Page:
Navy looks for enterprising apps

The Navy is in the early stages of rolling out the Navy Marine Corps Intranet, but officials are already looking at ways they can use the NCMI enterprisewide network to streamline applications across the organization, Navy officials said.

Enterprise systems will provide the Navy with solutions that will be less expensive overall, can be brought online faster and that are better suited for their tasks, Gale Williams, a Navy program officer, said during a Dec. 11 press briefing.

Furthermore, because those applications will use data collected from across the organization, they will enable personnel to make better and faster decisions, she said.

The approach being used for establishing enterprise solutions is similar to the ongoing work to streamline legacy applications in preparation for moving to the new, more secure NMCI network. The Navy has cleaned out thousands of applications as the service moves toward a standardized suite of applications.

So far, about 500 seats are on the NMCI network, which is being implemented by Electronic Data Systems Corp. under a $6.9 billion contract.

Williams said that as NMCI is rolled out further, the Navy is going through that process again but at a higher level, looking at applications that can exist servicewide.

As part of that effort, the Navy's Enterprise Solutions organization is identifying applications, the organization that owns those applications, and the requirements for those applications. The Navy is then shifting ownership of those applications to the leaders of the functional areas.

"We want them to take control for their own areas," Williams said.

Eventually there will be a determination as to whether applications are "enterprise-worthy," she said.

The Navy has not set a timetable for its enterprise efforts, nor has it calculated the cost savings that could result from streamlining its scores of applications, Williams said.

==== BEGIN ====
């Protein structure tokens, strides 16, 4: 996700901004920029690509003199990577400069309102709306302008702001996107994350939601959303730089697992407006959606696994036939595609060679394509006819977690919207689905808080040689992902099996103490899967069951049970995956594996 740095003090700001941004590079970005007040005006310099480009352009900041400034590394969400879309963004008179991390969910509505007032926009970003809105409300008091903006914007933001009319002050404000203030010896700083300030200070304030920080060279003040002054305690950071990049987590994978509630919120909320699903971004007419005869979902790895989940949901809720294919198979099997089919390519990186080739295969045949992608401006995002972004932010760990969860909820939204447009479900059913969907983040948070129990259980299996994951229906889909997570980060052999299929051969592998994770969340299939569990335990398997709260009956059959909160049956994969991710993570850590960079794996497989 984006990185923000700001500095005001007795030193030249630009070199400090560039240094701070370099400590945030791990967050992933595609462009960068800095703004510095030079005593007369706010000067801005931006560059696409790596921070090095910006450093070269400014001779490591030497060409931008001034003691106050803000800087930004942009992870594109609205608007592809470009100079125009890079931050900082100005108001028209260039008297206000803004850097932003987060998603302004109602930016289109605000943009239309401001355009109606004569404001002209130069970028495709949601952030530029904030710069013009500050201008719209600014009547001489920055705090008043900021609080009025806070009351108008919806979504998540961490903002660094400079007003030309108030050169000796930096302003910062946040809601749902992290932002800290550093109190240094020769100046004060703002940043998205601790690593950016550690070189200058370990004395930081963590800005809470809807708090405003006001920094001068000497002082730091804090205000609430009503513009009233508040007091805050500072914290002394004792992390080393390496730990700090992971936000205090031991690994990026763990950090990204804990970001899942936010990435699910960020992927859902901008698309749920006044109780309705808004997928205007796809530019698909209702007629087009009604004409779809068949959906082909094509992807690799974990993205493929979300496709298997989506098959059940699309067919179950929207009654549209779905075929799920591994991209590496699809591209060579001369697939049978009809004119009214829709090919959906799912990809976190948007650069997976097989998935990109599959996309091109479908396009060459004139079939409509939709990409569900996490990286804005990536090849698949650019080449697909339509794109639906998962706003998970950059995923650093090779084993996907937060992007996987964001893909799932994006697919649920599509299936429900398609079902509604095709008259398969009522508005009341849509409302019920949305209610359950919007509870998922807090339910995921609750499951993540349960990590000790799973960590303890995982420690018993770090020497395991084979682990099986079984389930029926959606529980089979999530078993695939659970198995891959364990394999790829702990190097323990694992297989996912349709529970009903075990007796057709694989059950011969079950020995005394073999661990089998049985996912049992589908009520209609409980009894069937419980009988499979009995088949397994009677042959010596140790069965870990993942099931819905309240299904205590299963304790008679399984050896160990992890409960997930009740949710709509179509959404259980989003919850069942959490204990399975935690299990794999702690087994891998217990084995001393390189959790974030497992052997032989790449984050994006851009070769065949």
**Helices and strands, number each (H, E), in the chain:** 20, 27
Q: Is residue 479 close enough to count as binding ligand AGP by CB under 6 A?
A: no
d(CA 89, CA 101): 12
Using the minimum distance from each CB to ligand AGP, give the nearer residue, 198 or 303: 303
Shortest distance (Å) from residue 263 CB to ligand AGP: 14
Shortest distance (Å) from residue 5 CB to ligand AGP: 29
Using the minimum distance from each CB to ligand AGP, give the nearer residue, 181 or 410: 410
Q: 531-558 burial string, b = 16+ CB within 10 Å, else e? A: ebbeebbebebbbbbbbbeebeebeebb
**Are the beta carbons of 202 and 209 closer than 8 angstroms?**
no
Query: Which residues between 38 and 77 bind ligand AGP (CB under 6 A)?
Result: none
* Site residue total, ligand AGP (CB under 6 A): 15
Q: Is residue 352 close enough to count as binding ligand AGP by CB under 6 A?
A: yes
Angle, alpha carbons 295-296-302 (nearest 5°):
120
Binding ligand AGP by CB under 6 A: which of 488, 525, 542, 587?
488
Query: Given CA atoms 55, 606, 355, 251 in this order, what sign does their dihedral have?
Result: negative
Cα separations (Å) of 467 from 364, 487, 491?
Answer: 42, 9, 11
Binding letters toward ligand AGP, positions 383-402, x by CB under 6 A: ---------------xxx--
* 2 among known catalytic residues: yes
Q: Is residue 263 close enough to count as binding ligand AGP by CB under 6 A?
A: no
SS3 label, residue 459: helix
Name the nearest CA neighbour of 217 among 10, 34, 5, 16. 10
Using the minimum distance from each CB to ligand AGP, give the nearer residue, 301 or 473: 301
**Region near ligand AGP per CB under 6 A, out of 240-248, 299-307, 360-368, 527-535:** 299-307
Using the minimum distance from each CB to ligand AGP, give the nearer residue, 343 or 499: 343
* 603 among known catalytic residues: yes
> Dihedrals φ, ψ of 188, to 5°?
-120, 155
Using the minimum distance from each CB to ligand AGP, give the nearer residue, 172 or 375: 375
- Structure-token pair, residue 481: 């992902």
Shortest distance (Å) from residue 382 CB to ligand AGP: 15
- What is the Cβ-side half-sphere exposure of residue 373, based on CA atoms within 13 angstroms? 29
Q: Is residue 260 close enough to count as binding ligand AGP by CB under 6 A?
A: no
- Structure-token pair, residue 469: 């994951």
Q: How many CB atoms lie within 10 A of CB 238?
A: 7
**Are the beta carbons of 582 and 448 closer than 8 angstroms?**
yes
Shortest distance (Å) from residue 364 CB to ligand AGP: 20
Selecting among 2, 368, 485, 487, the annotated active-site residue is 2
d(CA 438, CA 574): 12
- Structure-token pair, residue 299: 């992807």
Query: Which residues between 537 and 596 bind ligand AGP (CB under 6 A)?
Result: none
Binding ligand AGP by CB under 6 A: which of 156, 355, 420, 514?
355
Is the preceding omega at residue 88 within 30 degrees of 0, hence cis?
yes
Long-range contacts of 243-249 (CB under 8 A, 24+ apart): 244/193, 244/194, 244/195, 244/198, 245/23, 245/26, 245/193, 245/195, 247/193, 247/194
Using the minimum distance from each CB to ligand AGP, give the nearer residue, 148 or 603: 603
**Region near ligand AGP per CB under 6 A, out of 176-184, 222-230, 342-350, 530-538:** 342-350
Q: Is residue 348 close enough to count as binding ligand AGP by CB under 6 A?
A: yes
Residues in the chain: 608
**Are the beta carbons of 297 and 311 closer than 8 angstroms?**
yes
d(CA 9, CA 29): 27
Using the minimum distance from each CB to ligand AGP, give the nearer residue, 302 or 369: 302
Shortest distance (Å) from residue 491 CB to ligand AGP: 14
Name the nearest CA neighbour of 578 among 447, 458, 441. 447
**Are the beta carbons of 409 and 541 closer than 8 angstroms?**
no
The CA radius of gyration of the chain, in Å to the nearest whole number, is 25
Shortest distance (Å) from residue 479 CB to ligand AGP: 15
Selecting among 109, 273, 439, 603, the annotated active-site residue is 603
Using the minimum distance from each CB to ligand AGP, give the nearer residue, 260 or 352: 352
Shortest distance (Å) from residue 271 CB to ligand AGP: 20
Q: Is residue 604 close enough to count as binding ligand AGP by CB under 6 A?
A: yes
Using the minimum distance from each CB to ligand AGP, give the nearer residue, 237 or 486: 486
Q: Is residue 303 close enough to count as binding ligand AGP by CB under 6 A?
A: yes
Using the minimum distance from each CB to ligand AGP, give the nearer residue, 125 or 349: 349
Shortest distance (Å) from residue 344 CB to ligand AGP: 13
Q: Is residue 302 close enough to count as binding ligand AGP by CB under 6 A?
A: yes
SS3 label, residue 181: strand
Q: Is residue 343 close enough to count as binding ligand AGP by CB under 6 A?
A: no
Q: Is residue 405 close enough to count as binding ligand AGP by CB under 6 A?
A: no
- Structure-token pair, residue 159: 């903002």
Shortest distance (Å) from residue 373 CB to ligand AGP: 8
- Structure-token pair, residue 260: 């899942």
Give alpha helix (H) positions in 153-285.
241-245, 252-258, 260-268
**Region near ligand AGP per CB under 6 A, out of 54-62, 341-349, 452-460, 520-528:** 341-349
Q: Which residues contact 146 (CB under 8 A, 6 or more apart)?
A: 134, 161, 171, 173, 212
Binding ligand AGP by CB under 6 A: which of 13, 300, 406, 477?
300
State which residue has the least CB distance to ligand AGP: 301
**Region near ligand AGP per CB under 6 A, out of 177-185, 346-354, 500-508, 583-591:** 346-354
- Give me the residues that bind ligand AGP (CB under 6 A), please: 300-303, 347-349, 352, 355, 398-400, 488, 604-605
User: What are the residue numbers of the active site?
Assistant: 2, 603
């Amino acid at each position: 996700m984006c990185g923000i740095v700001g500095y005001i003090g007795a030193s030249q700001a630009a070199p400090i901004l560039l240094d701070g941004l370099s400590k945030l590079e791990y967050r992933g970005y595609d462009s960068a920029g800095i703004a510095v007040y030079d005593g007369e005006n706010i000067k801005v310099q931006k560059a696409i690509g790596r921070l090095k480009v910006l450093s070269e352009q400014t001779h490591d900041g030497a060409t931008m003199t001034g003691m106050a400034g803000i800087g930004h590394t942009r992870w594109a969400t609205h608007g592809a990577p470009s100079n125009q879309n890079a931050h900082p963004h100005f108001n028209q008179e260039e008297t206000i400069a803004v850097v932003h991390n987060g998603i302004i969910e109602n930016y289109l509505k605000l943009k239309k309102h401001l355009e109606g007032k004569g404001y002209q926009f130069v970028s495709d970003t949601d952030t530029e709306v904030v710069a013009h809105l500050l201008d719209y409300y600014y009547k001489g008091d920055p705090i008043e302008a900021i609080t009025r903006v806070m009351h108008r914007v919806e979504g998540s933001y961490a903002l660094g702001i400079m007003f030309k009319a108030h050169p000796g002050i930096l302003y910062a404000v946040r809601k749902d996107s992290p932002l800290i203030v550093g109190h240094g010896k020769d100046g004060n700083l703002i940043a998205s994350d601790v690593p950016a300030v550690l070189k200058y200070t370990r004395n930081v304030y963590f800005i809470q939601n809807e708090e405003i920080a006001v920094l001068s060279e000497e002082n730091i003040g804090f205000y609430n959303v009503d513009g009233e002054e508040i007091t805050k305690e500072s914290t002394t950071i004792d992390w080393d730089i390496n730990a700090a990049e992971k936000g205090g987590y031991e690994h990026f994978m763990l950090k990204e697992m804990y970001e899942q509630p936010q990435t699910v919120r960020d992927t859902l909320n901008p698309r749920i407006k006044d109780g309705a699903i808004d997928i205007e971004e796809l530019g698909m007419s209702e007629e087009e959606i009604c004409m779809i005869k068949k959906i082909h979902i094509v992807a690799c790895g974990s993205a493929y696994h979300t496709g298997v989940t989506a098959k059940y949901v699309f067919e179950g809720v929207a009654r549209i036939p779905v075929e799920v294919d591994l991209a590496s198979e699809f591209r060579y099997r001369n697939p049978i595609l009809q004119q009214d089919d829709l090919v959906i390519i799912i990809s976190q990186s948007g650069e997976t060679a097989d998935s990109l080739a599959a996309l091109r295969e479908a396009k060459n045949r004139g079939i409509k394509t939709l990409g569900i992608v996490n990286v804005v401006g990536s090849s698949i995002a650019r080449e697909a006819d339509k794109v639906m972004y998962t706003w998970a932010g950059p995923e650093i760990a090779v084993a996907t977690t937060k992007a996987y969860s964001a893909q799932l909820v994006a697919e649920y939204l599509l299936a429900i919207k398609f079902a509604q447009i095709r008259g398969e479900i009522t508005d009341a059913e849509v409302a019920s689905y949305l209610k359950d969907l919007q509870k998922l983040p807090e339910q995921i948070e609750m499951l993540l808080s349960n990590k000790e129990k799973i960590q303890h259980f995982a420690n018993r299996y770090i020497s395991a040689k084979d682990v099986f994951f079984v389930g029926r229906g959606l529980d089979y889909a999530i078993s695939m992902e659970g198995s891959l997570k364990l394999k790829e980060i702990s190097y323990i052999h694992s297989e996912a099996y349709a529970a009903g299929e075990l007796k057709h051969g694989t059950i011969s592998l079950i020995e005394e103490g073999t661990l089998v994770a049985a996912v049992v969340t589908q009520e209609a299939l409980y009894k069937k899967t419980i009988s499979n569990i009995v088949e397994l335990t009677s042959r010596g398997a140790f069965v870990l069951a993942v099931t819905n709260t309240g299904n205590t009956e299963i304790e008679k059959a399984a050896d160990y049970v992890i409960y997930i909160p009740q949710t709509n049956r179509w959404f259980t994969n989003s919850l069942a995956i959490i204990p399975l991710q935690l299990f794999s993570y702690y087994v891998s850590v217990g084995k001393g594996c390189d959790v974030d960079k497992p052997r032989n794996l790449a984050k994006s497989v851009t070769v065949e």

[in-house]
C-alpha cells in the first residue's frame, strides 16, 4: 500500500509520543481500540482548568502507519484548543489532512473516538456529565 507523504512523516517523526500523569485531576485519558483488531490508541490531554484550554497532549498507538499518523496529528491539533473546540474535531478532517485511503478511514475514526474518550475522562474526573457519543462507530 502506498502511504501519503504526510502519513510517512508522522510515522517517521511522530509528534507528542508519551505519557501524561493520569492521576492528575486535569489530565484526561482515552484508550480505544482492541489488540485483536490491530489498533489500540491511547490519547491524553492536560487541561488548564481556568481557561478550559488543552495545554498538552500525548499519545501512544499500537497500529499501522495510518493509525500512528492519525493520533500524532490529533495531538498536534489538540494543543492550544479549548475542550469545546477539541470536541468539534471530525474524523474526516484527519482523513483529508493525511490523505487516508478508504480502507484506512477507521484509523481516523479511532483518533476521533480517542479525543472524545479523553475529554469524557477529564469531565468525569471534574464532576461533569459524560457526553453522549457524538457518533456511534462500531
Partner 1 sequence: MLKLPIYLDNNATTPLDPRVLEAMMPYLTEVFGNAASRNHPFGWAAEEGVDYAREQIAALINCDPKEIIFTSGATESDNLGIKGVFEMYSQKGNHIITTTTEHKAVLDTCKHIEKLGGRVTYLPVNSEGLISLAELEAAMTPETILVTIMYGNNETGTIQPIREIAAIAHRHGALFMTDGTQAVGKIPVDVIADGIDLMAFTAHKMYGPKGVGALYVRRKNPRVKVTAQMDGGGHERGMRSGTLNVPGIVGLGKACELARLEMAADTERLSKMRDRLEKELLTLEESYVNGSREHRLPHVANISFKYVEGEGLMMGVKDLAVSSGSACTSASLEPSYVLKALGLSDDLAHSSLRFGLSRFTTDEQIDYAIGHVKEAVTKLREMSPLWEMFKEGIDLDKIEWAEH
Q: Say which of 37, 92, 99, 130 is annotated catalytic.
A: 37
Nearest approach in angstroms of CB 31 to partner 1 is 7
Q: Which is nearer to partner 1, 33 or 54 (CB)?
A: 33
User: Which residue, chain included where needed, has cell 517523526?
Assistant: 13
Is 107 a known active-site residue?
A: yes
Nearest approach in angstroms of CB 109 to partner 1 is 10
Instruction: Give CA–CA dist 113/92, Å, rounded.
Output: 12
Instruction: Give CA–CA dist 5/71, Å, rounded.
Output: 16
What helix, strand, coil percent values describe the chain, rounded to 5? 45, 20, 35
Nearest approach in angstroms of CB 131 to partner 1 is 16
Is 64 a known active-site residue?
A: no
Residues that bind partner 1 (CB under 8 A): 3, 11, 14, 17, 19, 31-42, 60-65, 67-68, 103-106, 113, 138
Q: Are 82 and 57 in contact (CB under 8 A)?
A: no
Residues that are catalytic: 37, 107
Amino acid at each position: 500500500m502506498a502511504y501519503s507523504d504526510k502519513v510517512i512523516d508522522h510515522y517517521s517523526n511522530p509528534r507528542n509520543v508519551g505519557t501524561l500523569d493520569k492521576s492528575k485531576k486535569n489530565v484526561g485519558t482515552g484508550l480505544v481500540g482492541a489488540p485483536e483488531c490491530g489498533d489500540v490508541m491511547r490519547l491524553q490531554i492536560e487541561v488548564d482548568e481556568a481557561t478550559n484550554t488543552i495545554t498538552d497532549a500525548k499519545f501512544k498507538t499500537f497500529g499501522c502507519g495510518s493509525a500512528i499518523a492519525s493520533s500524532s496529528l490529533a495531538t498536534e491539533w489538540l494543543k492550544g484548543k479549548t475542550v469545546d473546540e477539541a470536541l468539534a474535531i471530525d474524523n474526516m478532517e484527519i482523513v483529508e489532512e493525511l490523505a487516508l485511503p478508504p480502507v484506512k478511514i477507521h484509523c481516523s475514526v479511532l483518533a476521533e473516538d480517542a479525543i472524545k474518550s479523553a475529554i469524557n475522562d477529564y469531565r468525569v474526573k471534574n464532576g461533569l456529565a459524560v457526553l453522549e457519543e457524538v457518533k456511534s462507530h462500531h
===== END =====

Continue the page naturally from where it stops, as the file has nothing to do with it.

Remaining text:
About the Author

Christopher J. Dorobek is the co-anchor of Federal News Radio’s afternoon drive program, The Daily Debrief with Chris Dorobek and Amy Morris, and the founder, publisher and editor of the DorobekInsider.com, a leading blog for the Federal IT community.

Dorobek joined Federal News Radio in 2008 with 16 years of experience covering government issues with an emphasis on government information technology. Prior to joining Federal News Radio, Dorobek was editor-in-chief of Federal Computer Week, the leading news magazine for government IT decision-makers and the flagship of the 1105 Government Information Group portfolio of publications. As editor-in-chief, Dorobek served as a member of the senior leadership team at 1105 Government Information Group, providing daily editorial direction and management for FCW magazine, FCW.com, Government Health IT and its other editorial products.

Dorobek joined FCW in 2001 as a senior reporter and assumed increasing responsibilities, becoming managing editor and executive editor before being named editor-in-chief in 2006. Prior to joining FCW, Dorobek was a technology reporter at PlanetGov.com, one of the first online community centers for current and former government employees. He also spent five years at Government Computer News, another leading industry publication, covering a variety of federal IT-related issues.

Dorobek is a frequent speaker on issues involving the government IT industry, and has appeared as a frequent contributor to NewsChannel 8’s Federal News Today program. He began his career as a reporter at the Foster’s Daily Democrat, a daily newspaper in Dover, N.H. He is a graduate of the University of Southern California. He lives in Washington, DC.


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